Mobile Banking App

The massive, from-the-ground-up redesign of the U.S. Bank mobile banking experience started with a transformational vision build around our experience with U.S. Bank and SapientRazorfish’s significant fin-tech expertise. It included a great deal of research and spec creative supporting my core belief: Customers don’t have financial lives and non-financial lives. All the moments that matter in our lives have financial ramifications and banking is no longer a discrete activity.

We built “life moments” into the core of our interaction model and design process. From visionary pitch to year long production, over 300 people, in three time zones, working in seven journey teams we brought this iOS app to life (with Android as a fast-follow). I helped form the guiding vision and went on to lead three of six sprint teams and was a member of the enablement team providing oversight across the full experience.

We co-created on location with U.S. Bank in a fully agile process that included user testing and code delivery every two weeks. This project represented Sapient’s priority client relationship in North America at the time, requiring regular review with national leadership. Combined with seven teams in full swing there was never a dull moment.



U.S. Bank


Mobile Banking App



Creative Team

  • Group Creative Direction / Mark Wagner
  • Creative Direction / Todd Zerger
  • Associate Creative Direction / Tony Madson
  • Design Teams 1,2 & 5 / Drew Lintvedt + Amy Martin + Paul Bastyr + Chris Henslin + James Christenson + Derek Huber
  • UX Teams 1,2 & 5 / Sam Stanfield + Luke Grohovsky + Michael Moffett + Gabe Goldstein

Creative Direction

Establishing the vision

To unlock the full project budget we had to convince bank leadership we had a vision for a next-level app and a plan to get there. After many meetings with very smart people, and late nights with Keynote we'd assembled a compelling vision with six facets — each of which would be pursued by a dedicated journey team. We also had an idea of what the UI/X might feel like (designed in Sketch and visualized in After Effects).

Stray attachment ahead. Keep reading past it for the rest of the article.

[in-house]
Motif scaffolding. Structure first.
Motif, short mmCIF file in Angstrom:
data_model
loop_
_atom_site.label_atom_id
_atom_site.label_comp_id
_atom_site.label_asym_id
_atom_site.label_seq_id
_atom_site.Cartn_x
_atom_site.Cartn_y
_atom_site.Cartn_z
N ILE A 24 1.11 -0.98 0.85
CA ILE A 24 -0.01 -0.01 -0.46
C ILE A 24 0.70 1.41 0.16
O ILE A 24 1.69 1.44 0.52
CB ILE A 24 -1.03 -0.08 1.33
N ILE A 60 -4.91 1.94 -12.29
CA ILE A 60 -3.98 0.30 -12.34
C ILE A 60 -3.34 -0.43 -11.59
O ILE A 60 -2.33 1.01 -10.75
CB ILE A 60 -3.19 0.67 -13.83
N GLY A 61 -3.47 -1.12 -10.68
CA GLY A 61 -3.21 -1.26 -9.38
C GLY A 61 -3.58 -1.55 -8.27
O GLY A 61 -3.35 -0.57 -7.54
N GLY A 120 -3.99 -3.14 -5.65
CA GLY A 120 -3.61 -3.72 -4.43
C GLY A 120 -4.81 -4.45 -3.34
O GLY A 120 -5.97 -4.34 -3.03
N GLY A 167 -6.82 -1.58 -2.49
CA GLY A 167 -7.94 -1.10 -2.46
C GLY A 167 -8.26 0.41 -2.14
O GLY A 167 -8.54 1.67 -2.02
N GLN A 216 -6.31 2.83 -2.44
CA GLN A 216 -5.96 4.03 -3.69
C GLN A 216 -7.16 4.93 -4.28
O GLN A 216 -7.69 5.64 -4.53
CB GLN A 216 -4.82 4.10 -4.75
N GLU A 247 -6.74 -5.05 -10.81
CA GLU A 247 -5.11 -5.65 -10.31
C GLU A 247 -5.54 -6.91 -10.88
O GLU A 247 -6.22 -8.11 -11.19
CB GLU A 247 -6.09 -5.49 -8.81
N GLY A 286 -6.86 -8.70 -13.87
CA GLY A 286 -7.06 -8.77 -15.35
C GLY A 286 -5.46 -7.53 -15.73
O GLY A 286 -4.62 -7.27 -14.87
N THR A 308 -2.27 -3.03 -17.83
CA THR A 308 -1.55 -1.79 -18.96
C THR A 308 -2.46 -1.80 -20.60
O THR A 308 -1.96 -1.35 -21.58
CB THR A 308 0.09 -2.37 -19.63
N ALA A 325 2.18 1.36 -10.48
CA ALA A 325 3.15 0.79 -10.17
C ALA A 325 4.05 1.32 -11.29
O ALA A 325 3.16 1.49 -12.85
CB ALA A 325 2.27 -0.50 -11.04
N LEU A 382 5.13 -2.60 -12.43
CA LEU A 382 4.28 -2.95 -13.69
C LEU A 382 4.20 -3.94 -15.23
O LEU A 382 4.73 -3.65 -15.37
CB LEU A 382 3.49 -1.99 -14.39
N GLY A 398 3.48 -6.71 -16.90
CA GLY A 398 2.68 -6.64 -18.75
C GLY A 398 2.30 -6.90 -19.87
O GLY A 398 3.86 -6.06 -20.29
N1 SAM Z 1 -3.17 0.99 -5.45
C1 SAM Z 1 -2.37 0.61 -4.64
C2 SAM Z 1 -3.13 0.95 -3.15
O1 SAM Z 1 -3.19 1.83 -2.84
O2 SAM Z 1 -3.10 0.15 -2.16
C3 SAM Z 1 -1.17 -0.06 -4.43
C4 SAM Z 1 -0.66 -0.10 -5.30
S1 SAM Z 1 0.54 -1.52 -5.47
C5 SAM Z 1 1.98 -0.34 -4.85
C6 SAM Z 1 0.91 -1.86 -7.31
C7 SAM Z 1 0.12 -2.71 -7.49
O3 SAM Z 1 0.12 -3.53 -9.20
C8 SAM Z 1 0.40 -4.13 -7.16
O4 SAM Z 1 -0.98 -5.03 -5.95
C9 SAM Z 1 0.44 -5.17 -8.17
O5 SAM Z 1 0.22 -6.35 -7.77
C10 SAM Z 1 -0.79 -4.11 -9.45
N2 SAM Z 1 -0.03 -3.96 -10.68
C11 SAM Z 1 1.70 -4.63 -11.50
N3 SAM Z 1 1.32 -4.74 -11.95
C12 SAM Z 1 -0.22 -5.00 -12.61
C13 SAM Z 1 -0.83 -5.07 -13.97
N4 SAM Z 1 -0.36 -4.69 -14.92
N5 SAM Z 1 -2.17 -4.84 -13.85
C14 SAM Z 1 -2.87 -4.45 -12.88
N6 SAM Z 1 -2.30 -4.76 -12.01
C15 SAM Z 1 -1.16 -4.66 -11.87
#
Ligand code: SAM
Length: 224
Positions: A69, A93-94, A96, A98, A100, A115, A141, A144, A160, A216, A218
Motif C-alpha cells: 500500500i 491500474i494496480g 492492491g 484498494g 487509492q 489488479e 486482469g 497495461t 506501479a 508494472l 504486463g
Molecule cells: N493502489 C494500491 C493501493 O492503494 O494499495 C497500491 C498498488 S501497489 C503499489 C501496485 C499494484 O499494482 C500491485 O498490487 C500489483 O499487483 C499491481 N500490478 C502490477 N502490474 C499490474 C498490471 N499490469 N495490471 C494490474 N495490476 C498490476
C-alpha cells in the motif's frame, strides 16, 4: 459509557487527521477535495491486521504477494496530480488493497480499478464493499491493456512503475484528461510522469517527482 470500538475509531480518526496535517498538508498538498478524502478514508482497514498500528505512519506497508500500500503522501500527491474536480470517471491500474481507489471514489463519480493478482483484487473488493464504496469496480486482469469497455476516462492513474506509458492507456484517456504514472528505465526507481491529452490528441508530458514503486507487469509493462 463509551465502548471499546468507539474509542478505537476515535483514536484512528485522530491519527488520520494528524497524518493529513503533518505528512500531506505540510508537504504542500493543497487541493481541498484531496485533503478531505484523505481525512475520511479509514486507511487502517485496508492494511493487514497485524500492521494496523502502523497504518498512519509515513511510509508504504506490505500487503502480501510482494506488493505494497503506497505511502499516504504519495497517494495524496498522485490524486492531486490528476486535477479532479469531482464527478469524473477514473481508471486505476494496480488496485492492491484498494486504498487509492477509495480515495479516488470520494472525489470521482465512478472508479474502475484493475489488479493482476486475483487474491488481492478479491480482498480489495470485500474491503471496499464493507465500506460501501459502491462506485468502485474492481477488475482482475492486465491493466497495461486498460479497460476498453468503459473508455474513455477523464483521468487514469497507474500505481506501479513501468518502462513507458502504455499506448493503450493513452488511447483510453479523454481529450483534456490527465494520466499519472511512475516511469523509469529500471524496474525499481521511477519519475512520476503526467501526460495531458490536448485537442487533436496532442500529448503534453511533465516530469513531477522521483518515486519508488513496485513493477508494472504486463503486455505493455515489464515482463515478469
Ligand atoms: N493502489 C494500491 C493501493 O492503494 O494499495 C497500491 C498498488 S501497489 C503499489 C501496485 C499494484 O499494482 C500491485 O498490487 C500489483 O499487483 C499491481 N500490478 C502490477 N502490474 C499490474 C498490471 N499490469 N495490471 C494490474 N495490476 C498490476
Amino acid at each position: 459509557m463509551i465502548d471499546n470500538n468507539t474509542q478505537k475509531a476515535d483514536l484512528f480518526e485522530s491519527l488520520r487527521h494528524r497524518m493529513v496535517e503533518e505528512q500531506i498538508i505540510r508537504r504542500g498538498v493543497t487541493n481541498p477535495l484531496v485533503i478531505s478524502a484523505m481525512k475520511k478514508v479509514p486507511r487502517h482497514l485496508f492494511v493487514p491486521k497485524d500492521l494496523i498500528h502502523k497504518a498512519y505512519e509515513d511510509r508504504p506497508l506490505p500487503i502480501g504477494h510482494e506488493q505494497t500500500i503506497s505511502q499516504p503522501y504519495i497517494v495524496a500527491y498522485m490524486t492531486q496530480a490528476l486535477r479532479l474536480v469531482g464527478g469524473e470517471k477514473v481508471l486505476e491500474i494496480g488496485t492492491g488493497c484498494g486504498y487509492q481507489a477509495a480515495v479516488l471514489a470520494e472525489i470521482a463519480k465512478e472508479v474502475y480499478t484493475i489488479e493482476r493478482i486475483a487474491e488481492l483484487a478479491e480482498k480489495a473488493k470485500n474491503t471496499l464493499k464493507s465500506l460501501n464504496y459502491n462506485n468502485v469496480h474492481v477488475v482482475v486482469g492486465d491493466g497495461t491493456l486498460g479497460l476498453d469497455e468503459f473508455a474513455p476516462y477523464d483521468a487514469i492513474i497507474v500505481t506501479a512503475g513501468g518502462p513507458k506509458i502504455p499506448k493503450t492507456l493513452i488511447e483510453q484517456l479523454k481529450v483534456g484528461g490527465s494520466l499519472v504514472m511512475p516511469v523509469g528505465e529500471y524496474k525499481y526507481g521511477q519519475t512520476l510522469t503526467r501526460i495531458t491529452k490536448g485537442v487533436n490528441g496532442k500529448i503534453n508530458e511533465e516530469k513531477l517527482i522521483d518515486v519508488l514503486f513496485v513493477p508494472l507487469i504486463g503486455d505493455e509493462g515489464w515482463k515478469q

Creative Direction

Realizing the vision

The most remarkable thing about the vision creative is how true to it we were able to stay through the course of the project as demonstrated by this prototype build in Framer using approved Sketch files. The small team involved with the vision had bloomed to six journey teams and an enablement team focused on translating all the design solutions into a system. We debated every aspect from cards and copy to color and accessibility. The first release launched on schedule and well aligned to the vision.

Creative Direction

Finding the flow

The three sprint teams I lead were responsible for figuring out entry flows (facial recognition log-in, etc.), account screens, and new products (mortgages, credit cards and the like). Rapid, team-based ideation happened on paper and white boards before jumping into Sketch for high-fidelity wire framing.

Creative Direction

UX design

Starting in the vision phase and throughout the sprints we produced stacks of high fidelity wire frames as we worked with numerous stakeholders and product owners to strike the perfect balance between form and function.

Creative Direction

Visual design

The new app had to feel on brand while pushing the look far enough forward that the entire experience feels fresh and exciting while also increasing clarity. An easy to consume AI-driven, card-based system delivers content to customers that is personalized and specific to their accounts, actionable and intended to help them advance their financial situation.

Creative Direction

Design system formalization

The enablement team oversaw (including sprint team representatives, accessibility expertise and two talented designers in the LA office) took all the design work produced by the six journey teams, perfected it, resolved inconsistencies and communicated the final design elements for ongoing use and development. The exhaustive Sketch files (including the "cards" section below) would fuel the upcoming DAM project.